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Bean Boots, Duck Boots, and Sorels, Oh My

Winter calls for drastic action, especially in some parts of the world where the cold weather has the tightest grip. Solutions come in many forms, down-fill, hats, scarves, gloves, but when it comes to wet, slushy roads, the king of the hill is the almighty Duck Boot. The duck boot has held a presence in the American outdoors for over a century, easily navigating both form and function with a variety of audiences.With the year drawing to a close and the most challenging season upon many of us, we’re spilling the beans on the trusty duck boot; taking a look at its origins, strengths, and some of the duck boots on the market today.

What is a Duck Boot?

Bean-Boots,-Duck-Boots,-and-Sorels,-Oh-My-Image-via-L.L.-Bean

Image via L.L. Bean

A duck boot is a waterproof, shoe-like boot that has a rubber lower section and a leather or waterproof textile upper. Originally designed for hunters in the early twentieth century, the duck boot is essentially a pair of rugged galoshes with a leather ankle-supporting shaft stitched on. Duck boots typically feature a raised seams or ridges on the toe, and a rubber outsole that’s molded around onto the upper (some makers will utilize a commando sole or other rugged outsole). The upper will typically be made of leather or rubber, with a bellows tongue to ensure the boot is watertight.

Benefits of duck boots:

  • Waterproof
  • Rugged sole for traction and grip
  • Easy to wipe clean or wash
  • Usually roomy in fit to allow space for thick socks
  • Many can be re-soled

A Brief History of the Duck Boot

Bean-Boots,-Duck-Boots,-and-Sorels,-Oh-My-Leon-Leonwood-Bean-via-L.L.-Bean

Leon Leonwood Bean via L.L. Bean

The origins of the duck boot can be traced back to 1912 and the founder of archetypal outdoor brand, L.L.Bean. After growing frustrated with the effects of the wet, sloppy marshes of Freeport, Maine, Leon Leonwood Bean approached a local cobbler and asked him to create a shoe that would keep his feet dry and comfortable while he hunted. The result was the Maine Hunting Shoe.

Bean’s waterproof shoe concept was to attach a leather ankle support to rubber-soled galoshes. After receiving his first pair back from the cobbler and wearing them on a successful hunting trip, Bean was so impressed with his creation that he christened his creation ‘The Maine Hunting Shoe’ and ordered 100 pairs to be made, ready to be sold to fellow hunters. After some initial quality control issues, the Maine Hunting Shoe was eventually well-received by outdoorsmen across the United States. So much so that it was referred to simply as the ‘Bean Boot’ – a moniker that has survived until this very day.

Bean-Boots,-Duck-Boots,-and-Sorels,-Oh-My-Image-via-Ask-Andy-About-Clothes

Image via Ask Andy About Clothes

In the years to come, the Bean Boot became one of the most important pieces of outdoor footwear on the market, prompting other outdoor brands to produce their own renditions of Bean Boot. In reference to duck hunting, the generic term ‘duck boot’ was given to the style pioneered by L.L.Bean. By the 1950s, the duck boot had become widely fashionable in many areas of the United States. Sorel, the outdoor footwear brand established by the Kaufman Rubber Company in 1962, began producing their rendition of the duck boot which remains popular today.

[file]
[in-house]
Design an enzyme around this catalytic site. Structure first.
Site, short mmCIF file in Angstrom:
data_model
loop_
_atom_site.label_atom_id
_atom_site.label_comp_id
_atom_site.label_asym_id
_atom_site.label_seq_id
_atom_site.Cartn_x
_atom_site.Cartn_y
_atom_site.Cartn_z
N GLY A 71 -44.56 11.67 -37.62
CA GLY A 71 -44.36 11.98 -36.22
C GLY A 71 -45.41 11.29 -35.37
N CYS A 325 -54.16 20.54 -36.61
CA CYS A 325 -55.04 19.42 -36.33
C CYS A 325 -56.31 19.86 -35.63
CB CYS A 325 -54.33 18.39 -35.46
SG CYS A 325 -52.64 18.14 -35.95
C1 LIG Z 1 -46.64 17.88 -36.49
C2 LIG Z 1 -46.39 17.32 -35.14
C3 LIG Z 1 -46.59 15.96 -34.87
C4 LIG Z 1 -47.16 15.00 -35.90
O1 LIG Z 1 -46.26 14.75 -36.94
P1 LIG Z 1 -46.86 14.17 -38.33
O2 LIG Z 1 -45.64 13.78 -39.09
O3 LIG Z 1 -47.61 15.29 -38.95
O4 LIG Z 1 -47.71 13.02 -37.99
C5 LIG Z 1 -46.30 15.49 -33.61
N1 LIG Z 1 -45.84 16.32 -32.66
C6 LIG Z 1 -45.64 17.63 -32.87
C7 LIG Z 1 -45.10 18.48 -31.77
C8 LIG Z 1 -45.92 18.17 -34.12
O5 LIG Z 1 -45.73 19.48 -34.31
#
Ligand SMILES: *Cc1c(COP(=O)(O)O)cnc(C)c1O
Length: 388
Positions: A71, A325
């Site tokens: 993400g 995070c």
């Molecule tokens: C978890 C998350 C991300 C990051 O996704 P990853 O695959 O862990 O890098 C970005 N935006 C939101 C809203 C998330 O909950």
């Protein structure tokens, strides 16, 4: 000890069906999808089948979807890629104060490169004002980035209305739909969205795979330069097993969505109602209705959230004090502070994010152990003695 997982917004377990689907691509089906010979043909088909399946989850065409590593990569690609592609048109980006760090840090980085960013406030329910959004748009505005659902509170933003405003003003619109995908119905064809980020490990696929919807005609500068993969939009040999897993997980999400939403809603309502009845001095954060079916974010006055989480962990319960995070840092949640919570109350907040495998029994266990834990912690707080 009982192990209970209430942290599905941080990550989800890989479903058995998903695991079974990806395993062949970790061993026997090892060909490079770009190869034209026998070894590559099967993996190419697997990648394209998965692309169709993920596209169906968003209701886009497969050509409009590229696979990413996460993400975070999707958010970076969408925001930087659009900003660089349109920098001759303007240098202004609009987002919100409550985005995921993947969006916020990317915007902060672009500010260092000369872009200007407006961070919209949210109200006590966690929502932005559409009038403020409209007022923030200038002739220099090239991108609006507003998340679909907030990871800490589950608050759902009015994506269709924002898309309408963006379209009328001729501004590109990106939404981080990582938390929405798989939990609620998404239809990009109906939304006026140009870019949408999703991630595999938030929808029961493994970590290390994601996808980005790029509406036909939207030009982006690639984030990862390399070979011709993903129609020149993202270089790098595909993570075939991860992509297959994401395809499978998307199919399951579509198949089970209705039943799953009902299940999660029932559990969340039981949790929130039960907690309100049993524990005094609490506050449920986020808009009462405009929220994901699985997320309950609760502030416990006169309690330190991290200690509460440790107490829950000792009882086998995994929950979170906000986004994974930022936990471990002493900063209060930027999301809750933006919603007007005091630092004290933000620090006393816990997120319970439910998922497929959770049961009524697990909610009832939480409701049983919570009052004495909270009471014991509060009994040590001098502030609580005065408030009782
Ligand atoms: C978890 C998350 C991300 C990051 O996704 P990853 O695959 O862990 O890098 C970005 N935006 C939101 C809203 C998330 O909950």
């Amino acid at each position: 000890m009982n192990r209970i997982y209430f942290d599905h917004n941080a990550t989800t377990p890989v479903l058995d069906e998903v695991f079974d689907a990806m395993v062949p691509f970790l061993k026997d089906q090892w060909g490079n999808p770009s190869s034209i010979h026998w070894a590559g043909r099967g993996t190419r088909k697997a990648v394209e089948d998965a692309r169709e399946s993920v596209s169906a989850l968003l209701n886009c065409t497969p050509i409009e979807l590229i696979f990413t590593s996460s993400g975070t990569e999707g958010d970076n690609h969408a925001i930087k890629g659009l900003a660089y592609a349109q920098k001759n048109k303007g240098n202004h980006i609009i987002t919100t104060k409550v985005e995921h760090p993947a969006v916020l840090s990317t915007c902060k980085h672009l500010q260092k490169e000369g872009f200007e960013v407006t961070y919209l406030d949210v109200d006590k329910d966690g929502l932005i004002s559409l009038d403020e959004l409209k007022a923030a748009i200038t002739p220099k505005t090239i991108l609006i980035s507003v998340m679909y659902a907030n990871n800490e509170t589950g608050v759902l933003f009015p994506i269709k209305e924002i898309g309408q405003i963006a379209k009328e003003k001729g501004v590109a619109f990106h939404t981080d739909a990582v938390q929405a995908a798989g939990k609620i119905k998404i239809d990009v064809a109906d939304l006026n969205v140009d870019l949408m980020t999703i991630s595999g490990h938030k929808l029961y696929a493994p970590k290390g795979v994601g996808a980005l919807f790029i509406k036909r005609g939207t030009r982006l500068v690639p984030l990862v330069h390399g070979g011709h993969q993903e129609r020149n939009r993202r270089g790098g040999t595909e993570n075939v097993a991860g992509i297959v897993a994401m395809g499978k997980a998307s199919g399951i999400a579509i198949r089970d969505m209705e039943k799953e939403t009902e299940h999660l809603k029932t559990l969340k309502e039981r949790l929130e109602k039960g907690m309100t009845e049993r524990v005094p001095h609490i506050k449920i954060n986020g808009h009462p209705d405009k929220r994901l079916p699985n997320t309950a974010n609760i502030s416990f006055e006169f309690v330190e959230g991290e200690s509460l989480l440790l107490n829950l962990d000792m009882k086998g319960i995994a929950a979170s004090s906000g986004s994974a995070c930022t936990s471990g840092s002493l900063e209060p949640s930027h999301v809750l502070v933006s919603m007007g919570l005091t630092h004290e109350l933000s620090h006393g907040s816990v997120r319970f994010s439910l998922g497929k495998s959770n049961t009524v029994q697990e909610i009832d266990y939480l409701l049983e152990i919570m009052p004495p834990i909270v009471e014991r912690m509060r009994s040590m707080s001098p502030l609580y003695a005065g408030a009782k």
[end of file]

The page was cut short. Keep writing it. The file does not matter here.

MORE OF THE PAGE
Bean-Boots,-Duck-Boots,-and-Sorels,-Oh-My-Vintage-Sorel-Duck-Boots-via-Anystore

Vintage Sorel Duck Boots via Anystore

While people across the U.S. appreciated the duck boot throughout the 60s and 70s, it was with in the Ivy League that the duck boot really took off. The rugged, waterproof, and somewhat ugly boot was an unlikely candidate to enter the Ivy wardrobes filled with oxford shirts, gabardine pants and knitwear, they eventually became a seasonal fixture of the East Coast prep wardrobe. In the 1980s, The Official Preppy Handbook called them the second-most important footwear choice in the preppy male’s wardrobe, behind Bass’ Weejuns loafers.

With the modern wardrobe so inspired by those of the Ivy Leaguers and ‘prep’ fashion, it’s no surprise that the duck boot has completely transcended its rugged roots to become a modern staple. The rise of Pinterest and its infectious influencing power may have been behind the duck boot’s further resurgence in the 2010s. How? Well, come the end of September, Pinterest is flooded with gushy images of stereotypical autumnal scenes. A cozy campfire, marshmallows slowly roasting. A couple – both wearing down jackets and beanies – sharing a kiss over a pumpkin spiced latte. Three friends taking a leisurely walk through a park strewn with piles of amber Autumn leaves. and what are they all wearing? Duck boots.

Bean-Boots,-Duck-Boots,-and-Sorels,-Oh-My-Images-via-Pinterest

Images via Pinterest

With over 77 million adults using Pinterest in the United States alone, it’s no surprise people are going nuts for duck boots. So nuts, in fact, that in Fall of 2014, L.L.Bean registered a wait-list of over 100,000 people, all waiting for a pair of the sold-out Bean Boot. And as we’ve seen from more contemporary product like the Adidas Yeezy collections and limited release Nike Air Jordans, when something sells out, it makes people want it even more. You wouldn’t expect the duck boot to create such a hype, but it did. You probably won’t see any on Grailed, though.

Duck Boots Available on the Market Today

The duck boot is a true piece of American outdoor heritage and even though we don’t hear about duck boot shortages anymore, they still remain extremely popular today. The two originals are still available today:

Bean Boot

Bean-Boots,-Duck-Boots,-and-Sorels,-Oh-My-Available-for-$159-from-L.L.-Bean

Available from $159 at L.L. Bean.

Sorel Cheyanne II Lace Duck Boot

Bean-Boots,-Duck-Boots,-and-Sorels,-Oh-My-Available-for-$155-from-Sorel

Available for $155 from Sorel.